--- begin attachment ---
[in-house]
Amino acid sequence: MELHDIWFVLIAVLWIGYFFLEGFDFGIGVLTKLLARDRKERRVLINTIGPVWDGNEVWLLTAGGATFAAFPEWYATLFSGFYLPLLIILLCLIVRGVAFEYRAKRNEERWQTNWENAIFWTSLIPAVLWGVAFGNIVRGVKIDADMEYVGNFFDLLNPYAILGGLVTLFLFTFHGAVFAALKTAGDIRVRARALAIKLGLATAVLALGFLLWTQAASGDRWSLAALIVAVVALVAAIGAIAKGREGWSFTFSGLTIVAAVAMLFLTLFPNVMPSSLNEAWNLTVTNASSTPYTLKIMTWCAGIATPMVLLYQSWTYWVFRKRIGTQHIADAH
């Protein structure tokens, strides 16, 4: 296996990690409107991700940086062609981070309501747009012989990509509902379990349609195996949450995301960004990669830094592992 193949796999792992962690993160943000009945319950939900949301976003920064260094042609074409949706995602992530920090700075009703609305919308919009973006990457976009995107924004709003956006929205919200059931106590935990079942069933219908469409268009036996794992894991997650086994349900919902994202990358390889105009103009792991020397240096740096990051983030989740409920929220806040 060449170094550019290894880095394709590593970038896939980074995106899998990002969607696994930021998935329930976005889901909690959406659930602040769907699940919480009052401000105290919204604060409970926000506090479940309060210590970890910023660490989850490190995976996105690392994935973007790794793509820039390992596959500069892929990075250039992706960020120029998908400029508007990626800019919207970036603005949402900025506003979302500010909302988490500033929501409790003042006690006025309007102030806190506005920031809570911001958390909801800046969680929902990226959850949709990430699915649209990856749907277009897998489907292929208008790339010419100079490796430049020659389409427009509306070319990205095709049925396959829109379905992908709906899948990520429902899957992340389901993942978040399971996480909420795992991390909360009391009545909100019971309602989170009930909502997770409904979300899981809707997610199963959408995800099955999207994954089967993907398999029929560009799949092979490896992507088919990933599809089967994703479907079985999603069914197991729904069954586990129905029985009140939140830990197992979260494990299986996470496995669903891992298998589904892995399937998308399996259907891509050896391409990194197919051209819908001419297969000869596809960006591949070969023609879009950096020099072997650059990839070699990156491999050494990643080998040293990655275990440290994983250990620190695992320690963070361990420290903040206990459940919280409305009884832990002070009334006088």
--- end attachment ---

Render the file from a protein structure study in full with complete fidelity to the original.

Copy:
[in-house]
Amino acid sequence: MELHDIWFVLIAVLWIGYFFLEGFDFGIGVLTKLLARDRKERRVLINTIGPVWDGNEVWLLTAGGATFAAFPEWYATLFSGFYLPLLIILLCLIVRGVAFEYRAKRNEERWQTNWENAIFWTSLIPAVLWGVAFGNIVRGVKIDADMEYVGNFFDLLNPYAILGGLVTLFLFTFHGAVFAALKTAGDIRVRARALAIKLGLATAVLALGFLLWTQAASGDRWSLAALIVAVVALVAAIGAIAKGREGWSFTFSGLTIVAAVAMLFLTLFPNVMPSSLNEAWNLTVTNASSTPYTLKIMTWCAGIATPMVLLYQSWTYWVFRKRIGTQHIADAH
């Protein structure tokens, strides 16, 4: 296996990690409107991700940086062609981070309501747009012989990509509902379990349609195996949450995301960004990669830094592992 193949796999792992962690993160943000009945319950939900949301976003920064260094042609074409949706995602992530920090700075009703609305919308919009973006990457976009995107924004709003956006929205919200059931106590935990079942069933219908469409268009036996794992894991997650086994349900919902994202990358390889105009103009792991020397240096740096990051983030989740409920929220806040 060449170094550019290894880095394709590593970038896939980074995106899998990002969607696994930021998935329930976005889901909690959406659930602040769907699940919480009052401000105290919204604060409970926000506090479940309060210590970890910023660490989850490190995976996105690392994935973007790794793509820039390992596959500069892929990075250039992706960020120029998908400029508007990626800019919207970036603005949402900025506003979302500010909302988490500033929501409790003042006690006025309007102030806190506005920031809570911001958390909801800046969680929902990226959850949709990430699915649209990856749907277009897998489907292929208008790339010419100079490796430049020659389409427009509306070319990205095709049925396959829109379905992908709906899948990520429902899957992340389901993942978040399971996480909420795992991390909360009391009545909100019971309602989170009930909502997770409904979300899981809707997610199963959408995800099955999207994954089967993907398999029929560009799949092979490896992507088919990933599809089967994703479907079985999603069914197991729904069954586990129905029985009140939140830990197992979260494990299986996470496995669903891992298998589904892995399937998308399996259907891509050896391409990194197919051209819908001419297969000869596809960006591949070969023609879009950096020099072997650059990839070699990156491999050494990643080998040293990655275990440290994983250990620190695992320690963070361990420290903040206990459940919280409305009884832990002070009334006088």